Black People in Britain: Response and Reaction, 1945-62

Paul Rich argues that while the official response to post-war immigration was slow to develop, the tensions and white backlash of the late fifties marked its emergence as a national political issue.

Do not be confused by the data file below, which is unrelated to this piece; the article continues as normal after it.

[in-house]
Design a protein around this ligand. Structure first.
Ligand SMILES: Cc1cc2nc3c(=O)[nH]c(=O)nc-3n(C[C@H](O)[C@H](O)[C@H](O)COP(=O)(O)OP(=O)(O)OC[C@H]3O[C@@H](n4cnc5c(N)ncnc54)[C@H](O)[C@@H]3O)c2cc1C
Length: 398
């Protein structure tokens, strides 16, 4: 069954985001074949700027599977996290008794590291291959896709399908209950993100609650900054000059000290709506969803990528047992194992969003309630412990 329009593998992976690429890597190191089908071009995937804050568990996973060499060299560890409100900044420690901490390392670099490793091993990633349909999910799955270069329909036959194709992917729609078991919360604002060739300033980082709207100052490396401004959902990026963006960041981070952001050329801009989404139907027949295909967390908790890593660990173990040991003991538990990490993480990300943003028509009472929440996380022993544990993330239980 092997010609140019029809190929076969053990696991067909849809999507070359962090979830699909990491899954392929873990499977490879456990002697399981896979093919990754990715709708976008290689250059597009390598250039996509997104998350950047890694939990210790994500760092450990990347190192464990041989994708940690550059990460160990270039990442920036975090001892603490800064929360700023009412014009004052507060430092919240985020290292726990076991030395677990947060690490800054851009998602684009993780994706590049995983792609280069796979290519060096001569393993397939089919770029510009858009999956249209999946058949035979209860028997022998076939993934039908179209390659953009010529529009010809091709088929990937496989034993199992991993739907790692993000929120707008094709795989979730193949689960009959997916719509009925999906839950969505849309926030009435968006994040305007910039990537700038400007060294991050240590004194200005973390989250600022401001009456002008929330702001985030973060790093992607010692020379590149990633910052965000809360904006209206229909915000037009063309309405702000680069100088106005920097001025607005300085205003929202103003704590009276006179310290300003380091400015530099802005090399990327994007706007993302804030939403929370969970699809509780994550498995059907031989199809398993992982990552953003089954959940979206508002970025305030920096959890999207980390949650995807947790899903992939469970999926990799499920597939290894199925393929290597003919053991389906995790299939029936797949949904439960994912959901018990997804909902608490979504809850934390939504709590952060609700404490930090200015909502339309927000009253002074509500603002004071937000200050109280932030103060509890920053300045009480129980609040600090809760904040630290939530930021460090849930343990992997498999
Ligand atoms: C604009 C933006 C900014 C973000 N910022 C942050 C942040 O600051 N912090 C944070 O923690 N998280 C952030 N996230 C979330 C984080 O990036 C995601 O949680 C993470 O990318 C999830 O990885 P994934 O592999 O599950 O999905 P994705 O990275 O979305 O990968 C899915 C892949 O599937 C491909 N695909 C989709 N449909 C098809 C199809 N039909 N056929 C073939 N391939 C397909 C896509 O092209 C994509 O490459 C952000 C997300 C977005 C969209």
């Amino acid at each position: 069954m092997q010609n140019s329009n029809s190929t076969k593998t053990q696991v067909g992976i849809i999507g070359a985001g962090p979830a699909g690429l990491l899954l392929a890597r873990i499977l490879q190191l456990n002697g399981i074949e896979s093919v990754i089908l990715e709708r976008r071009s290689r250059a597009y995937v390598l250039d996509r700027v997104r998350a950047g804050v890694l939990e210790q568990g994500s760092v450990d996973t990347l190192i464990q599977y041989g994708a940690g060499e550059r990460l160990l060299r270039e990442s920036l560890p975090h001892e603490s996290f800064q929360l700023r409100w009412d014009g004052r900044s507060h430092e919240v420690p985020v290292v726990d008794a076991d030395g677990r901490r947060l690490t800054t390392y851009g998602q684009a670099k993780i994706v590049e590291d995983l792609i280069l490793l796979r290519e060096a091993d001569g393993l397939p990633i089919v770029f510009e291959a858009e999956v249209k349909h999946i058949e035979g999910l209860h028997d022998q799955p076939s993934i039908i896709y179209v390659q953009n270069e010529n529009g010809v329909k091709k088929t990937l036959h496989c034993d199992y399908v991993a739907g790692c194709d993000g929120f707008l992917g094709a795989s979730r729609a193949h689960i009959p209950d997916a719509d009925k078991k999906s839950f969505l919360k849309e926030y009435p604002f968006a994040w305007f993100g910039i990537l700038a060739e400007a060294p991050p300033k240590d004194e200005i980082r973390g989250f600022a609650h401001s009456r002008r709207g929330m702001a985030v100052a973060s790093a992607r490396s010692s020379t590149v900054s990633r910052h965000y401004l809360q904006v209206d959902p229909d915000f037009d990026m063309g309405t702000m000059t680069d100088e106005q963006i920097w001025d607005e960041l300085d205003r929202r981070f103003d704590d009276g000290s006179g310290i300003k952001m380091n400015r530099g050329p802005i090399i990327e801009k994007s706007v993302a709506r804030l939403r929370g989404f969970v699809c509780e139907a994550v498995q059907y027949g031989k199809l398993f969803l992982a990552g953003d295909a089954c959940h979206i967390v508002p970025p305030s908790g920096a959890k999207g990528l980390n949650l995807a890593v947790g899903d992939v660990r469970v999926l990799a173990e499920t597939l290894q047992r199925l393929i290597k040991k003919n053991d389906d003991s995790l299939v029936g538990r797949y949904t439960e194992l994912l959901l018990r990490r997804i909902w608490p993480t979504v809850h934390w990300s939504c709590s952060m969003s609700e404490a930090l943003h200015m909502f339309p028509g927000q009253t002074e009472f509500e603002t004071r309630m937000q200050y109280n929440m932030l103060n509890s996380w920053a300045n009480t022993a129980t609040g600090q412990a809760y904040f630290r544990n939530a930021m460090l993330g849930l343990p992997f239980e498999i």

The Settlers from the West Indies and South Asia who arrived in Britain from the late 1940s up to the 1960s found a society remarkably unprepared for their incorporation into its elaborate class and cultural networks. Almost from the very start of this post-war migration, when the SS Empire Windrush docked at Tilbury in June 1948 with 492 passengers from the West Indies, there was a mixture in governmental circles of either panic and fear of impending racial conflict or a more detached dismissal of the whole issue as a storm in a teacup. One Home Office civil servant minuted for example that 'sooner or later action must be taken to keep out the undesirable elements of our colonial population', for otherwise their presence in Britain would present 'a formidable problem' to the various government departments concerned, such as the Home Office, the Colonial Office and the Ministry of Labour. Some government ministers, including the Prime Minister Clement Attlee, refused to take the 'Jamaican party' to the United Kingdom 'too seriously', though the worry in official circles continued to increase over the following years.

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